Finally, there’s the never-ending hunt for snarks and boojums — for ordinary, hard-working Americans who have suffered hardship thanks to health reform. As we’ve just seen, Obamacare opponents by and large don’t do math (and they’re sorry when they try). But all they really need are a few sob stories, tales of sympathetic individuals who have been impoverished by some aspect of the law.
Remarkably, however, they haven’t been able to find those stories. Early last year, Americans for Prosperity, a Koch brothers-backed group, ran a series of ads featuring alleged Obamacare victims — but not one of those tales of woe stood up to scrutiny. More recently, Representative Cathy McMorris Rodgers of Washington State took to Facebook to ask for Obamacare horror stories. What she got instead was a torrent of testimonials from people whose lives have been improved, and in some cases saved, by health reform.
In reality, the only people hurt by health reform are Americans with very high incomes, who have seen their taxes go up, and a relatively small number of people who have seen their premiums rise because they’re young and healthy (so insurers previously saw them as good risks) and affluent (so they don’t qualify for subsidies). Neither group supplies suitable victims for attack ads.
Yeah, screw those people.
But before we get too dismissive, let’s check on exactly which people are being swept into this pile.
So, the subsidies are completely gone for those who make more than 400% the Federal Poverty Level, which depends on household size:
I will grant you that a household making $160K/year is high income. But that’s 8 people.
Just an FYI – a single person making about $47K/year is not high income. I mean, I understand that Krugman with his puny academic salary of $225K (on top of whatever NYTimes pays him) might indicate he doesn’t know normal household incomes are, but eh.
Lots of households, family households, are not going to be getting this subsidy. But hey, maybe they have coverage through employers.
But let’s look at the other group of screwees: young people. They’re having to pay much higher premiums than they really cost in terms of their risk.
Yeah, screw the young. They should just suck it up. See, look at these moochers defaulting on their student loans. I bet Krugman is against them.
Here’s economist Paul Krugman in a recent public interview. [May 2012]
PAUL KRUGMAN, columnist, The New York Times: The preponderance of the evidence is that the biggest single factor keeping us where we are, keeping us in this depression is the overhang of debt.
PAUL SOLMAN: And student debt, we asked him a few days later.
PAUL KRUGMAN: Household debt is the big ball and chain on this economy, and student debt is a big part of it.
PAUL SOLMAN: But how, you might wonder, could people like Ricky Evans, age 32, who works in finance in the D.C. area and earns upwards of $70,000 a year, still have student loans of more than $80,000?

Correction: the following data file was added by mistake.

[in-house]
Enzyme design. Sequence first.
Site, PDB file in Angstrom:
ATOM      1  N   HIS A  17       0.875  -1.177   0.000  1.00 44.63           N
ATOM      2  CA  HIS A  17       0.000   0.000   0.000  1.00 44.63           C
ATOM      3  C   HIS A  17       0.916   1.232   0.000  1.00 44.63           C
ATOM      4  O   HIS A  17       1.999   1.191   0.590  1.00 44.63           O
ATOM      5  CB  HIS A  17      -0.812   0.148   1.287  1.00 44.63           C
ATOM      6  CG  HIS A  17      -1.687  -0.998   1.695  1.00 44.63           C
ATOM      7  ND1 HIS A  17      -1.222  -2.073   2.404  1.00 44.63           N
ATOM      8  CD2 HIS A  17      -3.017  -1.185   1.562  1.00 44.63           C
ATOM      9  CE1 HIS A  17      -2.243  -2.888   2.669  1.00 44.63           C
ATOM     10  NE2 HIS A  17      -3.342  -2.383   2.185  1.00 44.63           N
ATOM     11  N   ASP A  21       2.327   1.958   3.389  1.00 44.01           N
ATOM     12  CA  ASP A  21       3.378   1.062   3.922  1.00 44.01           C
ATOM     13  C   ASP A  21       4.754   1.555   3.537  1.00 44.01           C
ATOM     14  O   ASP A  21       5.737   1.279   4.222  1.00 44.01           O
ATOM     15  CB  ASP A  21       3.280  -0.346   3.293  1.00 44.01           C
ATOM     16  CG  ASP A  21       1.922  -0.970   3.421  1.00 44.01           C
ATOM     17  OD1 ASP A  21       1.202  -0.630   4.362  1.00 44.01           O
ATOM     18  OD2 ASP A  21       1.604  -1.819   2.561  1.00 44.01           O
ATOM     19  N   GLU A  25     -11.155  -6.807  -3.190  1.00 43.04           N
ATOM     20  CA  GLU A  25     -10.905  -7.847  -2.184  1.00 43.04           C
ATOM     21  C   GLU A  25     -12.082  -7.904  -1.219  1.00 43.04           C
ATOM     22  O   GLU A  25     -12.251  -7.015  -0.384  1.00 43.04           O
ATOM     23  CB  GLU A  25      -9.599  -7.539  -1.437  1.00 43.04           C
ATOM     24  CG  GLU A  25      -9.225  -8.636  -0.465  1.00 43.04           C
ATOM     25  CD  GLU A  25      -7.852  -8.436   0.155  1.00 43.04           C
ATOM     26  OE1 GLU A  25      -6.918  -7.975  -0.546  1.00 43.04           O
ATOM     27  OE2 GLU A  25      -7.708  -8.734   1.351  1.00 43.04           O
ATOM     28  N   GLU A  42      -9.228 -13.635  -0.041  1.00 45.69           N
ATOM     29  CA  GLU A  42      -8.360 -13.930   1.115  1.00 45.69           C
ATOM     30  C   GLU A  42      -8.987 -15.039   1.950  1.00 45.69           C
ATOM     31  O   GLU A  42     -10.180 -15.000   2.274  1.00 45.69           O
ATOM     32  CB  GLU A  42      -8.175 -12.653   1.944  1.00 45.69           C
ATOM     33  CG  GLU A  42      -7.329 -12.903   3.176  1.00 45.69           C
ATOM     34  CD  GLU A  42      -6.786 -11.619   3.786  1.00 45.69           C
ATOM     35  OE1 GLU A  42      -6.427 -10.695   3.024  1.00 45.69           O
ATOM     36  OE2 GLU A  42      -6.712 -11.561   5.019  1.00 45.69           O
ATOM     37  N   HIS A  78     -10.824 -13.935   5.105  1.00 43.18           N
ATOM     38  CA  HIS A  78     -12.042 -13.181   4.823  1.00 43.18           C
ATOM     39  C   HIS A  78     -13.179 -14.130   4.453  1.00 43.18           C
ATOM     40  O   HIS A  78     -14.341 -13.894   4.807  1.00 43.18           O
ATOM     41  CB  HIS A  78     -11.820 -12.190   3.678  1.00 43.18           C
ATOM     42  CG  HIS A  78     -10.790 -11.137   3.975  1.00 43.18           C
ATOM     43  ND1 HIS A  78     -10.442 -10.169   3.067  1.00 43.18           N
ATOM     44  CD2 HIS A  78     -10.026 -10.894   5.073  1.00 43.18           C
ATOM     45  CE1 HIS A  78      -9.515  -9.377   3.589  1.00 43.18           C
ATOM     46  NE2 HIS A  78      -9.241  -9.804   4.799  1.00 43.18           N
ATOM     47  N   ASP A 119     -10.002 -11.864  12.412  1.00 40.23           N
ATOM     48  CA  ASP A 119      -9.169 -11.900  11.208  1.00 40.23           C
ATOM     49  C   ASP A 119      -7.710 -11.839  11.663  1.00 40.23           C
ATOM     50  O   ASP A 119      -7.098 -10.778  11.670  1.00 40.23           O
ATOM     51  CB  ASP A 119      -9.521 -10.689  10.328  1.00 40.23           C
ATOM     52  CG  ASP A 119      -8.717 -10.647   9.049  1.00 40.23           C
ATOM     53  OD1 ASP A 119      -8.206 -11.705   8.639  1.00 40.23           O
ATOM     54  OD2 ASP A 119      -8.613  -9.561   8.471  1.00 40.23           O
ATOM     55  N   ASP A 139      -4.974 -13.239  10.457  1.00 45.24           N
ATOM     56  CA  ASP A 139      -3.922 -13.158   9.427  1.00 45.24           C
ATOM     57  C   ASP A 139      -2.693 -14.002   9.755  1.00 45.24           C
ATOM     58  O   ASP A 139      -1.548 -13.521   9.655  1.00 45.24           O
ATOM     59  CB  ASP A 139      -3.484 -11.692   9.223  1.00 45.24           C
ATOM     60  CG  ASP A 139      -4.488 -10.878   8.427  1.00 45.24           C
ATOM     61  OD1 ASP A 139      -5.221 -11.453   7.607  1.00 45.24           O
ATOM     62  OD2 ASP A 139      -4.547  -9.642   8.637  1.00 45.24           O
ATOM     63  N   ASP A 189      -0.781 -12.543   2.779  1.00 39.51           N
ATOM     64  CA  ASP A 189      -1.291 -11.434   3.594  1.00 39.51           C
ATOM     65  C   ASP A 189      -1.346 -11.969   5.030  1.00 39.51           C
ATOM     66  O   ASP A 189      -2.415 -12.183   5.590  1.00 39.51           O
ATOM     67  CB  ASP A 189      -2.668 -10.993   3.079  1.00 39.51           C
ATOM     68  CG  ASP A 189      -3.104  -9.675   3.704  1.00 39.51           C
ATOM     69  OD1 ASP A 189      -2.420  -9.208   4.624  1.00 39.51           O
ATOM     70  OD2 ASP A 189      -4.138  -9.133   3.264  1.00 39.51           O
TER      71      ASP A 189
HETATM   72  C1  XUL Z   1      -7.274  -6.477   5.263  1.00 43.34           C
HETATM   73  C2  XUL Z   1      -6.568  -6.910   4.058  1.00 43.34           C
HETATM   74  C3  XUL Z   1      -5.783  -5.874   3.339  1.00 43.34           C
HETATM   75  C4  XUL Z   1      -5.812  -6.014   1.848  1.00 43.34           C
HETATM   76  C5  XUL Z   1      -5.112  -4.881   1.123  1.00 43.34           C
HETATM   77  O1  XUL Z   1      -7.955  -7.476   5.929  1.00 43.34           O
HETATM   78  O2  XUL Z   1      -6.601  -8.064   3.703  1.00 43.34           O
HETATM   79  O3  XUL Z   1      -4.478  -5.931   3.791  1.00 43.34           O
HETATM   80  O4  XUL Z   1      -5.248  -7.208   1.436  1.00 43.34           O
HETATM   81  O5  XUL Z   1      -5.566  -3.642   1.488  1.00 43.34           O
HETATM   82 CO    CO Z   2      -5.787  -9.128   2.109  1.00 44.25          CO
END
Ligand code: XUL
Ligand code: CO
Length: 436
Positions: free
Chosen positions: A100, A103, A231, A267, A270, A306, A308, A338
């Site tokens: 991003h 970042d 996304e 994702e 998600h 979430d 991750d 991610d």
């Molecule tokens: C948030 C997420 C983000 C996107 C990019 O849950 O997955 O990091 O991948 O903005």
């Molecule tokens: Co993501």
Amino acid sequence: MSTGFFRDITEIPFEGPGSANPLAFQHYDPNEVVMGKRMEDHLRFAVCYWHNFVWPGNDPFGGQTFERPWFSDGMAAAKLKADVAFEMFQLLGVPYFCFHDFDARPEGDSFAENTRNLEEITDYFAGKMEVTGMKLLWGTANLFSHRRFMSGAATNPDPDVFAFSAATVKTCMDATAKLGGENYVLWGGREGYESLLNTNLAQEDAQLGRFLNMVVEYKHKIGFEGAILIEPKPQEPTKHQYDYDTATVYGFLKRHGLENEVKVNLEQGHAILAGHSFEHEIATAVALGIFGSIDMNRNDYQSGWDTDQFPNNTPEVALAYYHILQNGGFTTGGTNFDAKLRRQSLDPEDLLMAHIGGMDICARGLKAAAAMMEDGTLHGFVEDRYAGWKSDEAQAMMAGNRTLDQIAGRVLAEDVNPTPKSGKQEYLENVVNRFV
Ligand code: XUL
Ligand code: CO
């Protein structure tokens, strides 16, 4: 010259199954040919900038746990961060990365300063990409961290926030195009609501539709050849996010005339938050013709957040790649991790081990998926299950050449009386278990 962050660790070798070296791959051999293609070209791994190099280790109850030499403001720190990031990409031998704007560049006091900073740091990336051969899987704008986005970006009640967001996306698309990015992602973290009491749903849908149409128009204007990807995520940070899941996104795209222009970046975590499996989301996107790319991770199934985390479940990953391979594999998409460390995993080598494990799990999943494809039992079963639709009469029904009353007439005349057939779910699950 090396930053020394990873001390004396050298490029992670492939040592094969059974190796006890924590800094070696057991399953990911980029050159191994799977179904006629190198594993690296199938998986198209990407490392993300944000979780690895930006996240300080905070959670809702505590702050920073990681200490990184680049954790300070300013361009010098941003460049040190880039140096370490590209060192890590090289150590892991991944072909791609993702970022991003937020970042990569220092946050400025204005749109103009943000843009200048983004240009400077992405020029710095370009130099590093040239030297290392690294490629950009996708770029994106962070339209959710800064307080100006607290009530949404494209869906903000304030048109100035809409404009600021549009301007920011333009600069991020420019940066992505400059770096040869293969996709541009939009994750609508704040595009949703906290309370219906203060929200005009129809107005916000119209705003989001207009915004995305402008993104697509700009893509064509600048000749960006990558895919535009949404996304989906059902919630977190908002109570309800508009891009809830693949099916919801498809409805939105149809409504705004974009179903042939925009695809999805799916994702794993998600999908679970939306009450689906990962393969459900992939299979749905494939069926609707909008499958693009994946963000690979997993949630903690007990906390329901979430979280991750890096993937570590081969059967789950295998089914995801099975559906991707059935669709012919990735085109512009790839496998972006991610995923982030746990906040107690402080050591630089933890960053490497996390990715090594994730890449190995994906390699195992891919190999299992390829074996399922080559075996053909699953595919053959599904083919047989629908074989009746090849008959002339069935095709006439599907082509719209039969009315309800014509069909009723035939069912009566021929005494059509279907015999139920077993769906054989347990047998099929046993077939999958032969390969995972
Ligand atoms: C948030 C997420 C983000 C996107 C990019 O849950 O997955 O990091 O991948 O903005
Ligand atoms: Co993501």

Okay, that’s Paul Solman sympathetically talking about the high income guy, not Krugman.
I mean, “get the education”? And pay for it how? Tuition at public colleges and universities has soared, in part thanks to sharp reductions in state aid. Mr. Romney isn’t proposing anything that would fix that; he is, however, a strong supporter of the Ryan budget plan, which would drastically cut federal student aid, causing roughly a million students to lose their Pell grants.
So how, exactly, are young people from cash-strapped families supposed to “get the education”? Back in March Mr. Romney had the answer: Find the college “that has a little lower price where you can get a good education.” Good luck with that. But I guess it’s divisive to point out that Mr. Romney’s prescriptions are useless for Americans who weren’t born with his advantages.
There is, however, a larger issue: even if students do manage, somehow, to “get the education,” which they do all too often by incurring a lot of debt, they’ll be graduating into an economy that doesn’t seem to want them.
But hey, screw them to make them pay more for health insurance, so the oldies can retire before 65, so they can get heavily subsidized Obamacare policies.
I happen to live in the state where it’s worse than Obamacare — they don’t allow age-rating at all, so a 25-year-old is supposed to pay the same for a policy as a 60-year-old.
At least Obamacare allows some age differentials (even if the state of New York does not), but they are a bit more restrictive than the “natural” difference in costs.
Thing is, Krugman has missed a whole bunch of other screwees. Such as the people not getting their calls answered by the IRS (whether or not they need help with their Obamacare taxes). The union groups looking at their health plans getting hit by the Cadillac tax. People getting a surprise $800 added to their taxes. Oh, and watch out for the subsidy cliff, — maybe you should get divorced and avoid that.
So yes, Krugman. Obamacare is going peachy. And what’s so amusing is that pretty much all of the “benefits” of Obamacare have been implemented, while the pain of some of the taxes and removal of programs has yet to occur.
And some of the pain, like the subsidy clawback, occurs to people every year.
So yes, you keep talking up how great Obamacare is, Krugman. I suppose the Democrats don’t have too many more political positions to lose. Can only be on the rise! Yes!
[Ethel Merman]EVERYTHING’S COMING UP OBAMACAAAAAAAAAARE……… [/Ethel Merman]
Okay, maybe not.
What a Week: Meep, Music, and Mulling
Obamacare Watch: 7 March 2014 -- How's Enrollment Going? Who knows?
Amassing Predictions for 2016